It’s been five days since my husband and I brought 8-pound, 6-ounce little baby boy home and it’s taken me that long to figure out how I can keep the wee one happy (read: full and sleepy) and work on the computer. I now measure the time it takes to create a blog post in feedings rather than minutes or hours.
These past few days have been filled with wonder (I still can’t believe he came from me) and joy (I crack up every time I see him smile); they’ve also been a reminder that I couldn’t be doing this alone. For as much as having three moms (including me) in the house at the same time is two moms too many in a lot of ways (particularly for my husband), I would be a total mess otherwise. And so would baby Aleksi; there would no doubt be a lot more screaming coming from his direction.
I was prepared for being tired beyond belief. I was anticipating the pinches, pulls, and other discomforts that come with breast feeding. But I was in no way, shape, or form aware of the intense amount of post-birth pain I would be in.
Mommies-to-be are probably wondering just how much pain I’m talking about. Does not being able to sit down in a chair without pain sound like a lot? How about the fact that I know my wee one cries longer than he should when he wakes up at night because I can’t move from a fully reclined position to a sitting upright position or even a standing position with any sort of expediency. It usually requires a few grunts to accompany a series of small maneuvers and adjustments that eventually get me to my desired position.
I’m just curious as to why none of the baby books talk about momma’s recovery in any more detail than (1) sleep when the baby sleeps and (2) make sure you eat nutritious stuff and more of it since you’ll be burning an extra 500 or so calories if you are breastfeeding.
All that’s great advice, but it seems a bit shallow when I’m wondering how I would ever manage doing anything more than just feeding and diapering the wee one without at least one person as full-time help. I can’t walk with any degree of ease, so I can’t imagine feeding myself, doing laundry, taking the trash out, or walking the dog–none of which are optional activities in my house.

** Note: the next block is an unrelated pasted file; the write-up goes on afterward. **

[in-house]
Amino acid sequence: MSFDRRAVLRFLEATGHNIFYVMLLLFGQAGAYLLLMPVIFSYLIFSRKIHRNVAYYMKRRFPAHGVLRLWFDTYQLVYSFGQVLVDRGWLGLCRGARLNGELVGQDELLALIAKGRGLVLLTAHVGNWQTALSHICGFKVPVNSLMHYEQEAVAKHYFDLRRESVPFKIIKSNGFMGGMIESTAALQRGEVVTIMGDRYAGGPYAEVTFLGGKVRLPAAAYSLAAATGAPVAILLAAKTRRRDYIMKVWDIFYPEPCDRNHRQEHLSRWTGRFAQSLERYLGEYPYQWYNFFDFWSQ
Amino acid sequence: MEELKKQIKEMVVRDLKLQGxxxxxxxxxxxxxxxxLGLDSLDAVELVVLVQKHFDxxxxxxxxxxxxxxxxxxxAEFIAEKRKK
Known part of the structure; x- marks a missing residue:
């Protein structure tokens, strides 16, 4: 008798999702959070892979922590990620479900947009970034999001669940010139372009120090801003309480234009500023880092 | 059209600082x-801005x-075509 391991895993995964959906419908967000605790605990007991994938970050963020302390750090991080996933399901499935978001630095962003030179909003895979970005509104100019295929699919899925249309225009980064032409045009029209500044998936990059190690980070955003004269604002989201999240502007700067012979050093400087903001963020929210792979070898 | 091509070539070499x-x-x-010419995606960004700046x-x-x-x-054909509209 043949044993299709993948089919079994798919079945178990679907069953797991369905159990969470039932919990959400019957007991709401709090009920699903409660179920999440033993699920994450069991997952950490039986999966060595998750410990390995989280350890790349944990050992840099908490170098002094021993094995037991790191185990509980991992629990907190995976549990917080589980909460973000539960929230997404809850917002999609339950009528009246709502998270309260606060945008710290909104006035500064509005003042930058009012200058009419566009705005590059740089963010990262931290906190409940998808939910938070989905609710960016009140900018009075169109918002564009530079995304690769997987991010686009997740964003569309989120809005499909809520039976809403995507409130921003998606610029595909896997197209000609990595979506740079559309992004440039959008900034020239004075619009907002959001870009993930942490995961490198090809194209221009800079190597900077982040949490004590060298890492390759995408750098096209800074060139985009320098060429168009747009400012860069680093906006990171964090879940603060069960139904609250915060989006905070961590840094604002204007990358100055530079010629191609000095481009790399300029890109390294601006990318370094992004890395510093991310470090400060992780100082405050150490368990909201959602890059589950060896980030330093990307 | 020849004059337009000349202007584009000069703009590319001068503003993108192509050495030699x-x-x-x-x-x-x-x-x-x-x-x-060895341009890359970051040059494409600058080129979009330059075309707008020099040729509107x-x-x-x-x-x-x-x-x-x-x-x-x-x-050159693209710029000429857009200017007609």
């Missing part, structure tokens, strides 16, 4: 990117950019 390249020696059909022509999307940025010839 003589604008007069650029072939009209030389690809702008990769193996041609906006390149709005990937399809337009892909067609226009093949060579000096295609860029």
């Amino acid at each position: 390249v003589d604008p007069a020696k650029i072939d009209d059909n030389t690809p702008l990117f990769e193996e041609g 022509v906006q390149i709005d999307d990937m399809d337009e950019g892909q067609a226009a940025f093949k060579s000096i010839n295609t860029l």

I have made mention of this surprising fact of post-birth life to a number of mommy-friends. One friend said to me, “Yeah, I meant to tell you about the whole grenade going off down there, but I didn’t want to scare you.” So, for all the mommies-to-be in my life, consider yourself warned. You’ll get through it, but it’s definitely not going to be pretty or painless.
I remember when I was pregnant I worried about the dreaded episiotomy. It just seemed so wrong. I had one friend who said it was the better way to go because it was clean and simple and, therefore, could be sewed back up lickety split. Another friend believed tearing was the more efficient way to go because the skin tears would naturally fit back together and heal more effectively. I’m here to tell you that it doesn’t make one goddamn bit of difference because, at the end of the day, you’ve got stitches holding together some of your most delicate parts. How many ways can you say ouch.